• Third, the government has attempted to show accountability for the mass rapid transit breakdowns and transportation disruptions with the resignation of Transport Minister Lui Tuck Yew from politics. Public transportation issues cause tensions in the land-scarce city-state. Mismanagement could raise electoral stakes given the widening gap between the rich and poor, and the fact that only 15% of the total population own their vehicles. As 2015 was the worst year for rail disruptions, the Minister’s expedient resignation effectively shields the PAP from opposition criticism prior to the campaign.

Tame Mainstream Media. Media freedom has improved since the last election. Unlike in past elections, candidates from six parties were able to debate live on national TV on the cost of living, immigration and other policy issues. However, the PAP leaders still dominate the front pages of the government-controlled mainstream media. The Chinese newspaper Lianhe Zaobao published an alleged affair of WP candidate Daniel Goh, a sociologist at the National University of Singapore, based on an unverified poison pen letter to the media. The attempt at character assassination prior to nomination day was described as a “dark day in Singapore journalism.” Unlike in the past, opposition candidates can now turn to social media tools such as Facebook, Twitter and Instagram to reach out to voters and defend against negative campaigning. However, the PAP leaders are equally adept in mobilizing social media, even releasing a mobile application prior to the election for voters to navigate its candidates and constituencies. It even has an “Internet Brigade” that polices online dissent and creates Facebook groups such as “Silent No More” to defend the PAP’s policies in pro-opposition blogs and websites.

New Candidates and Multi-Cornered Contests. The PAP revealed its slate of 22 new candidates over two weeks, building on the momentum and good will from the Golden Jubilee celebrations in mainstream media. As in the past, there was an average 25% turnover in the PAP’s total slate of candidates, which included the former Chief of Defence Forcea senior police officer, a high-flying civil servant, two doctors and two lawyers. The PAP only fielded a total of 20 (22.5%) women out of 89 candidates – far below the 30% voluntary quota that the party had aspired to comply with this election. However, it made the unprecedented move of fielding four women in single-member wards. The slates from the opposition parties are also male-dominated.

Struggles to find candidates have led opposition parties to join forces in some multi-seat constituencies. Nonetheless, three-cornered battles in three single wards are likely to split pro-opposition votes and benefit the PAP.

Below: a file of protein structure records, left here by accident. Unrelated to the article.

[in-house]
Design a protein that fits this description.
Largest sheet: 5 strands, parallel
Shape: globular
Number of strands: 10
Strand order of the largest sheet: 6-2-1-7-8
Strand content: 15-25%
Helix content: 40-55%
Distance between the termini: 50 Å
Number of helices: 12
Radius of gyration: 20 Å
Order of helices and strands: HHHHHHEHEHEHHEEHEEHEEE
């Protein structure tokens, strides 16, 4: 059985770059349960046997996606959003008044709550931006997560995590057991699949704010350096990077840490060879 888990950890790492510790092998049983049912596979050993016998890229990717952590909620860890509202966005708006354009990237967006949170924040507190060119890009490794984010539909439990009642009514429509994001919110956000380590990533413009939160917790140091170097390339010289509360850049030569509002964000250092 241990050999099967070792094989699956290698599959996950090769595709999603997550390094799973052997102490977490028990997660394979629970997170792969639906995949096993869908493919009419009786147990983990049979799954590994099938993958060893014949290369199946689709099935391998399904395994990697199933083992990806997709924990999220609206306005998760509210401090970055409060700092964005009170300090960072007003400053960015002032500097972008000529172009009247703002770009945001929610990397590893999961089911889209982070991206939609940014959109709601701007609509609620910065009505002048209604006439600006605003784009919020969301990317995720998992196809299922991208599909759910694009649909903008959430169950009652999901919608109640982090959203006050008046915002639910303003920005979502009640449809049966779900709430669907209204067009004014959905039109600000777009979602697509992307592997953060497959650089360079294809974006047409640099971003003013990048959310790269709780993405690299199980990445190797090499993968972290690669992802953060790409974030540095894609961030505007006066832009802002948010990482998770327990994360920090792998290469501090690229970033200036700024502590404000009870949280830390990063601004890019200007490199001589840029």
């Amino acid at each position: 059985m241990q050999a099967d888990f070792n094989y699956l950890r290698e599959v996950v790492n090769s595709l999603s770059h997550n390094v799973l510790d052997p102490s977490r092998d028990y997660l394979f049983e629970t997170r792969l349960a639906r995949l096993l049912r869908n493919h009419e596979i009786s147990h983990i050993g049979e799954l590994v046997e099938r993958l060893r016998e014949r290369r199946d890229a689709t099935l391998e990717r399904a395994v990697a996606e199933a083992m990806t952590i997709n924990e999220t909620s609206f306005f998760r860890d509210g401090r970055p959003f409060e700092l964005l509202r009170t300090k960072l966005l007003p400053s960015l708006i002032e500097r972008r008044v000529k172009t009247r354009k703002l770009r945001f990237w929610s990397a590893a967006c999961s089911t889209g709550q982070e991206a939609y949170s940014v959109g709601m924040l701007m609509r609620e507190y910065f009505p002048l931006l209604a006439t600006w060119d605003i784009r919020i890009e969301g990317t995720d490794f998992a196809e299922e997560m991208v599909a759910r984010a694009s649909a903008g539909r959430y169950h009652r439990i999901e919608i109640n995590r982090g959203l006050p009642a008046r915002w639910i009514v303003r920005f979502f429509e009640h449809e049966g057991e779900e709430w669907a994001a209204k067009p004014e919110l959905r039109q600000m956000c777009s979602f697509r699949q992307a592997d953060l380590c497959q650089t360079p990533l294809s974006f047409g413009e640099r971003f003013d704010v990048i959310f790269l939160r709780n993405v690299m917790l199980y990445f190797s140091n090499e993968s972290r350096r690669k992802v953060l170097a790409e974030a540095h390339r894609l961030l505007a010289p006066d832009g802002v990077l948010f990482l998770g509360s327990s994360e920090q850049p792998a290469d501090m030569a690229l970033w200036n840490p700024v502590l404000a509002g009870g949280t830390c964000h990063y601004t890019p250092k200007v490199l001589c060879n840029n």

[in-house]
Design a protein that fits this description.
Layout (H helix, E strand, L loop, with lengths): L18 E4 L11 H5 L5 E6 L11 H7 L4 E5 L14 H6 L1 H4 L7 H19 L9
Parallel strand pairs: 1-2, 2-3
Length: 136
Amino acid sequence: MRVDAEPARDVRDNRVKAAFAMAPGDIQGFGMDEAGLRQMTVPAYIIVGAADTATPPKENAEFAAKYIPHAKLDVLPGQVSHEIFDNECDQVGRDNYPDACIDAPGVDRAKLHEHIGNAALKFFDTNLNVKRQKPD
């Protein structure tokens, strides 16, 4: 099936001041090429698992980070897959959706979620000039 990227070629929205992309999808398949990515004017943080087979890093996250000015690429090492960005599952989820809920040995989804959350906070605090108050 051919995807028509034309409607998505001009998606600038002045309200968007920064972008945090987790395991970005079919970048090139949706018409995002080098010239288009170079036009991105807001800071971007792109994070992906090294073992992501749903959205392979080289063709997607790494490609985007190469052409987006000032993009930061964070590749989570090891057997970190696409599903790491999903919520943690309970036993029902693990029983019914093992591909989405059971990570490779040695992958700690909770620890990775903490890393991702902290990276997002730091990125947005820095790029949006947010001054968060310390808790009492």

Pre-Electoral Manipulations and Gerrymandering. The Electoral Boundaries Review Committee, made up of five civil servants, redrew the electoral boundaries and changed the constituency sizes again this election. It reduced the sizes of some GRCs[5], except for two six-member constituencies held by Prime Minister Lee Hsien Loong (Ang Mo Kio) and Deputy Prime Minister Teo Chee Hean (Pasir Ris-Punggol). The larger GRCs are unpopular with voters as they are seen as unfair and undemocratic – allowing politically inexperienced rookies to get elected on the coattails of their heavyweight leaders. Opposition leaders and human rights groups have accused the PAP of gerrymandering and demanded more transparency in the boundary changes of constituencies. [6] The clearest example of gerrymandering was the dissolution of the Joo Chiat single ward, which was fiercely contested in the 2011 election by the WP.[7]

Electoral Changes. Singapore’s Elections Department (ELD), a branch under the Prime Minister’s Office, also made a series of electoral changes. To begin with, the size of  Parliament was increased from 87 to 89 seats and the electoral deposit required for each candidate was, surprisingly, lowered from S$16,000 (CA$15,000) in 2011 to S$14,500 (CA$13,500) for this election.[8] However, there were other rule changes that are likely to benefit the ruling party, including:

  • Minority candidate requirements. There is a new requirement for all contesting ethnic minority candidates to produce an additional document to certify their ethnicity. This means that in addition to the Nomination Paper and Political Donation Certificate, the minority candidate will also have to produce a Certificate of the Malay Community Committee (MCC) or a Certificate of the Indian and Other Minority Communities Committee (IOMCC) to the Returning Officer on Nomination Day. It is an additional bureaucratic hurdle that disadvantages the opposition parties that already face difficulties attracting minority Malay candidates to contest in the GRCs (in 2011 election, a team of five opposition candidates was disqualified after submitting their nomination papers 35 seconds late after the 12pm deadline).
  • Candidate’s Photo on Ballot. The photos of all candidates will be displayed on the ballot paper to make it easier for elderly voters to identify the candidates. The inclusion of photos on the ballot is expected to favour the incumbent party, as their candidates are more recognizable and are featured more regularly in mainstream media.
  • Higher Expense Limit. The Parliamentary Election Expenses Limit was increased from S$3.50 to S$4.00 for every voter on the register of electors in the constituency. This means that the resource-rich PAP will have more money to spend on campaigning.
  • New Election Advertising Rules. New limits have also been set on the number of posters and banners that can be displayed for each candidate in an electoral district. Opposition leaders say the rules are unclear, as they say nothing about mobile promotional advertisements on buses. The fact that the PAP has displayed PM Lee Hsien Loong’s poster in all the constituencies also appeared to give the PAP an unfair advantage.

Factors Favouring the Opposition Parties